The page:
The human digestive system includes a large number of different organs involved in the process of producing and delivering nutrients to the body. This is why there is also a wide range of possible digestive diseases. Many of these conditions require endoscopic examination, which involves inserting a tube into the body with a lens and camera. And in addition to the added cost of this intervention, there are variously associated discomforts. Now, the Massachusetts Institute of Technology (MIT), in the USA, has developed a biosensor able to monitor or explore the digestive tract to detect digestive diseases.
The biosensor, as small as a pill, can diagnose digestive diseases based on bacterial responses
A group of researchers from MIT has developed a biosensor equipped with genetically modified bacteria that can diagnose digestive diseases, such as stomach bleeding or other problems. This new diagnosis method is as simple as taking a pill.
To make these bacteria more useful for digital applications, the MIT team also decided to combine them with an electronic chip that could translate the bacterial responses into a detectable and visible wireless signal for mobile devices.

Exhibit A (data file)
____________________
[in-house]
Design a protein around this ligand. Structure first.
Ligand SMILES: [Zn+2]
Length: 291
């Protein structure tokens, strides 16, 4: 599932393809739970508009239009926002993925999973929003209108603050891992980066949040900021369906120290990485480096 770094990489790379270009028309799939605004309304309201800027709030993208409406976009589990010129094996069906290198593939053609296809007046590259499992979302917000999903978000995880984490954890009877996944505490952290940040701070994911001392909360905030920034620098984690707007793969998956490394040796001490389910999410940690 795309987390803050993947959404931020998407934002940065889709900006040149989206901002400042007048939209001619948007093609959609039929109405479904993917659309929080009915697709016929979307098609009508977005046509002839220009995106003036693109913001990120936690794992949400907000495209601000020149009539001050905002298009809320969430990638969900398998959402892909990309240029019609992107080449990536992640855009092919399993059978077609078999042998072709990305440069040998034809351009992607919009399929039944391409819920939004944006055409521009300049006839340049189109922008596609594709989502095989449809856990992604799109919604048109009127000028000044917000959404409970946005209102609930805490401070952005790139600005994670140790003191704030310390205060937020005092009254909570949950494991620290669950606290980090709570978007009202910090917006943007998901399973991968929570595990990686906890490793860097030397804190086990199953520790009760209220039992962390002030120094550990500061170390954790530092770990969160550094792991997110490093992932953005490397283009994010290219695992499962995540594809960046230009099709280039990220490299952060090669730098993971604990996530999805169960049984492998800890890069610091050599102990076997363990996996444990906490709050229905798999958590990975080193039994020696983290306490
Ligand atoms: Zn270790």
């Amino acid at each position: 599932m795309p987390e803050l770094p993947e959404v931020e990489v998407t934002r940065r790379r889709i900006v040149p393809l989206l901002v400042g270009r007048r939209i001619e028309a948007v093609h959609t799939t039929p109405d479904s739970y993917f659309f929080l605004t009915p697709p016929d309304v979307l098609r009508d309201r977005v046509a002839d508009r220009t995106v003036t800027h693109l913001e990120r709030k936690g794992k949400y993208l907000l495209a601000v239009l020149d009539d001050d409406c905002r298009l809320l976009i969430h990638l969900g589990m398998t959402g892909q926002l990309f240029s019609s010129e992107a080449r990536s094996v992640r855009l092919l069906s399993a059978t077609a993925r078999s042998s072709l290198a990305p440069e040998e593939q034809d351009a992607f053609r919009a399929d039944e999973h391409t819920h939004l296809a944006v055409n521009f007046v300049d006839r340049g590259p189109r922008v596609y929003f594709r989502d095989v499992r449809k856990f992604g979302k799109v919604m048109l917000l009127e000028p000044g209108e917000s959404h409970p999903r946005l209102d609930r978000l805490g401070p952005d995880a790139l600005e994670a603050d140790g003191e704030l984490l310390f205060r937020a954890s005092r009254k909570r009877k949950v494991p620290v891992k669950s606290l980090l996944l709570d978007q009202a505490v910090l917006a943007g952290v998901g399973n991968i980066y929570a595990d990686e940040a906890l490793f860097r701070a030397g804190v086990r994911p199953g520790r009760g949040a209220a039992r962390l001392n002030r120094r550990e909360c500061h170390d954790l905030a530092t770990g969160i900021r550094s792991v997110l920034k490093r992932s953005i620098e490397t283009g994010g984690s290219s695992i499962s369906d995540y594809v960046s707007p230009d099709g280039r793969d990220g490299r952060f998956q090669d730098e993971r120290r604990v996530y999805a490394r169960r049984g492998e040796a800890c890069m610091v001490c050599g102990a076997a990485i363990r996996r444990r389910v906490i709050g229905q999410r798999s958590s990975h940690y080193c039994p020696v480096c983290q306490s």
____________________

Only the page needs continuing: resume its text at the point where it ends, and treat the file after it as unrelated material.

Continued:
“Our idea was to pack bacterial cells into a device,” says one of the scientists in charge of the project, Phillip Nadeau. “The cells will catch them and accompany the device on its journey through the stomach.”
The characteristics and dimensions of the device are designed to facilitate its oral consumption
The device is approximately 3.5 centimeters long and requires approximately 13 micro-watts of power. Scientists equipped the sensor with a 2.7-volt battery, which they estimate could power the device for nearly two months of continuous use.
“By combining engineered biological sensors with low-power wireless electronics, we can detect biological signals in the body almost in real time, which will allow new diagnostic capabilities for human health applications,” explains Timothy Lu, one of the team’s scientists.
The biosensor is still under development and scientists hope it will be successfully tested in humans for detecting digestive disorders via bacterial responses.